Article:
If validated in clinical trials, this novel technology has the potential to shift some glucose testing from the clinical laboratory by offering diabetics a convenient, painless blood sugar test
Glucose testing is both a headache and an opportunity for clinical laboratories here in the United States and across the globe. It is a headache because many point-of-care and patient self-test glucose devices in wide use today lack the reliability of glucose testing performed in medical laboratories that use sophisticated diagnostic instruments.
It is an opportunity because, here in the United States and across the globe, there are tens of millions of type 2 diabetics and hundreds of millions of pre-diabetics. Health systems have an unmet demand for glucose testing that is non-invasive, accurate, can be done in patient care settings, and is cheap.
Recently, researchers at Princeton University announced development of noninvasive, in vivo glucose sensor technology that uses a broad-spectrum band of infrared (IR) light to accurately measure blood sugar.
The clinical market for such a device is huge. Just in the United States, there are more than 30 million diagnosed with type 2 diabetes, and more than 70 million pre-diabetics. Researchers have been working for some time to develop a patient-friendly glucose-monitoring technology that does not require a needle stick or venipuncture.
Although such a device could shift glucose testing away from medical laboratories, pathologists and clinical laboratory managers should bear in mind that a noninvasive device might also encourage diabetes patients—about a quarter million of which are teens and children—to more closely monitor their blood sugar levels.
Laser Technology Targets Tissue Fluid, Not Blood
Led by Princeton University Professor Claire Gmachl, Ph.D., the research team adapted a quantum cascade laser (QCL) to measure glucose concentration in dermal interstitial fluid, known to correlate with blood glucose levels. This specialized laser detects blood-sugar level through a person’s palm.
“The laser passes through the skin cells without causing damage and is partially absorbed by the sugar molecules in the patient’s body. We use the amount of absorption to measure the level of blood sugar,” wrote lead author Sabbir Liakat, a doctoral candidate in electrical engineering at Princeton, in an article published in Biomedical Optics Express.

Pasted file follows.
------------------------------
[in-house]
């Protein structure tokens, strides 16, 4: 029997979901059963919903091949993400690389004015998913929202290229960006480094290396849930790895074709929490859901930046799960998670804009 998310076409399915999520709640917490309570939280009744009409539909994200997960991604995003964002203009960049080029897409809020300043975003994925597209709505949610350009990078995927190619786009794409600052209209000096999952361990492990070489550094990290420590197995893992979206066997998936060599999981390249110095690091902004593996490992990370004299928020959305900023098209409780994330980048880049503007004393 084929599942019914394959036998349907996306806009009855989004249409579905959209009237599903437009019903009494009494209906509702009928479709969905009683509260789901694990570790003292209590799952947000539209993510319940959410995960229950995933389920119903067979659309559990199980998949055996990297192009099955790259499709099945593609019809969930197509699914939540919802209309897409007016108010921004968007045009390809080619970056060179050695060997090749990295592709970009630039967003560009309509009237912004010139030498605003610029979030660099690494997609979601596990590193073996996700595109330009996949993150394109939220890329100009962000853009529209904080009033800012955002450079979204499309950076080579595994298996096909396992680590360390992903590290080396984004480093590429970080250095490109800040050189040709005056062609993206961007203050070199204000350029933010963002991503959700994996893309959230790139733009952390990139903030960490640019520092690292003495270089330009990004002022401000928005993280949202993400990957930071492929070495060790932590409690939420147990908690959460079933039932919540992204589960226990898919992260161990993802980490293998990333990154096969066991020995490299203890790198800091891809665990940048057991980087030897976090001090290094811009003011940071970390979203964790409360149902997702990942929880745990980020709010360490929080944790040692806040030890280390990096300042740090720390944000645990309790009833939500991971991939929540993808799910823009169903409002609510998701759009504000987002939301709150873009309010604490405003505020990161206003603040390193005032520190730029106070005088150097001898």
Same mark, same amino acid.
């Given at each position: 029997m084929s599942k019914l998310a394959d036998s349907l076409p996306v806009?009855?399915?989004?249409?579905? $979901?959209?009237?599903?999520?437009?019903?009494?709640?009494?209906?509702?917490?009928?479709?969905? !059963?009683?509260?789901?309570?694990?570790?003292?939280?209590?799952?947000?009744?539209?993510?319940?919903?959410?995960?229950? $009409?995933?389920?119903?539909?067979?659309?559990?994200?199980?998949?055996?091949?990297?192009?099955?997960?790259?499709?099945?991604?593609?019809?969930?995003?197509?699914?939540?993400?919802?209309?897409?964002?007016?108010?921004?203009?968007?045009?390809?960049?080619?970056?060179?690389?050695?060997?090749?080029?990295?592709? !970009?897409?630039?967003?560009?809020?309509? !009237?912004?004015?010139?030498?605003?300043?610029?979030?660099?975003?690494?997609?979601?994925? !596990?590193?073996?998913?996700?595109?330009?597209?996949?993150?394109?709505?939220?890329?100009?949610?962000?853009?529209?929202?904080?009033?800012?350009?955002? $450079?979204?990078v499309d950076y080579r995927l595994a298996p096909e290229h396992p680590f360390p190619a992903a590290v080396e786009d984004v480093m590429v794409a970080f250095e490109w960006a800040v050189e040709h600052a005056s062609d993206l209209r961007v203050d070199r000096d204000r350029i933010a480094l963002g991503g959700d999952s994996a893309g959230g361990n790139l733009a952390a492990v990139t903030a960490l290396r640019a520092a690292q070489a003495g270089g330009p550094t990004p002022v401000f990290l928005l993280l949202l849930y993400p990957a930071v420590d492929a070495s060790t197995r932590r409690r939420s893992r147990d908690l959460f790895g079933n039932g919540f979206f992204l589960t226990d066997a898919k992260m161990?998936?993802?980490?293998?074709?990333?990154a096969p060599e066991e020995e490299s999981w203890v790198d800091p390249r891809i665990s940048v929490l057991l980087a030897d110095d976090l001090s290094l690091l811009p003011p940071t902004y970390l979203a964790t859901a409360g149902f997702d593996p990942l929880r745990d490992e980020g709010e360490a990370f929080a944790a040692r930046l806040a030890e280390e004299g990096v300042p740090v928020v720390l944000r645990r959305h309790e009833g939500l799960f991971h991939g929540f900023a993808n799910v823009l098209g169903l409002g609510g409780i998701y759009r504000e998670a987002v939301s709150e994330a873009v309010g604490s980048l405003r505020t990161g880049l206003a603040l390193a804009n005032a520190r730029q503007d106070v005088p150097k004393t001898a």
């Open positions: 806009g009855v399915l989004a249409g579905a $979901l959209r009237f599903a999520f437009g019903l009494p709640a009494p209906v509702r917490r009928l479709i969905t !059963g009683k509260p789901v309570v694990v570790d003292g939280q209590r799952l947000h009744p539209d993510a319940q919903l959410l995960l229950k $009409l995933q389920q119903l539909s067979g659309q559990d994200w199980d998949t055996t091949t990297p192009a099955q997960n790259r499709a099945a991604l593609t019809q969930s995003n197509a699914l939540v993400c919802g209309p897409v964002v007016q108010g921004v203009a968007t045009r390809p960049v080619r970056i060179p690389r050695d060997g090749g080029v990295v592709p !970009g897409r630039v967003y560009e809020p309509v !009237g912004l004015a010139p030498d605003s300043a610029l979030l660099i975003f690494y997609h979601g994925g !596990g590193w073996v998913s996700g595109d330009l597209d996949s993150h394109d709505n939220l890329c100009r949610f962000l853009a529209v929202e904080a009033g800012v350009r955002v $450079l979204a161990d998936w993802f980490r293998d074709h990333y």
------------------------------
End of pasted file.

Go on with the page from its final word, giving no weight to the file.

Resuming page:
Sensing Technology Proved Clinically Accurate
A standard glucose test of in vivo spectral differences before (low glucose level) and after (high glucose level) consumption of 15 jellybeans was used to initially evaluate the technology’s accuracy.
“Mid-IR spectra obtained from human skin yield clinically accurate predictions for blood glucose levels for concentrations between 75 and 160 mg/dL using both PLSR (partial least squares regression) and derivative spectroscopy techniques,” said Liakat. “Best-case scenarios with given calibration sets yielded average errors only 2% more than those from a commercial electrochemical meter. Based on these results, we conclude that this application of mid-IR light to noninvasive, in vivo glucose-sensing yields a robust and clinically accurate system that transcends boundaries set in the past, which limited the scope of mid-IR in vivo applications.
“The team was pleasantly surprised at the accuracy of the method. Glucose monitors are required to produce a blood-sugar reading within 20% of the patient’s actual level, which was achieved by even an early version of our system,” Liakat said in a report published by optics.org. “The current version is 84% accurate. It works now, but we are still trying to improve it.
“We are currently in the process of implementing our system in field trials,” Liakat continued, noting that two medical centers have expressed interest in a collaboration. “This would allow us to obtain data from their diabetic patients in order to test our system on a larger clinical scale. The next stages of R&D will involve both hardware and software developments.”
Miniaturization Next Step
Currently the technology is housed on a mobile cart, but the researchers plan to shrink the laser system to a portable product size that can be used for self-testing by diabetics.
“One the hardware side, we will miniaturize the system to occupy the smallest area possible, as well as implement a custom laser best suited for our application,” said Liakat. “The parameters of this laser, namely scanning time, scanning resolution, and tuning range, are based on results from our current data set.”
QCL Laser Has Other Medical Diagnostic Uses
“Because the quantum cascade laser can be designed to emit light across a wide wavelength range, its usability is not just for glucose detection, but could conceivably be used for other medical sensing and monitoring applications,” noted Gmachl. Another use of the device was described by Liakat. He explained that the QCL, because it can sense any relevant molecules with strong mid-IR absorption features within the upper layers of skin, this technology could be used, for example, to detect epithelial skin cancer.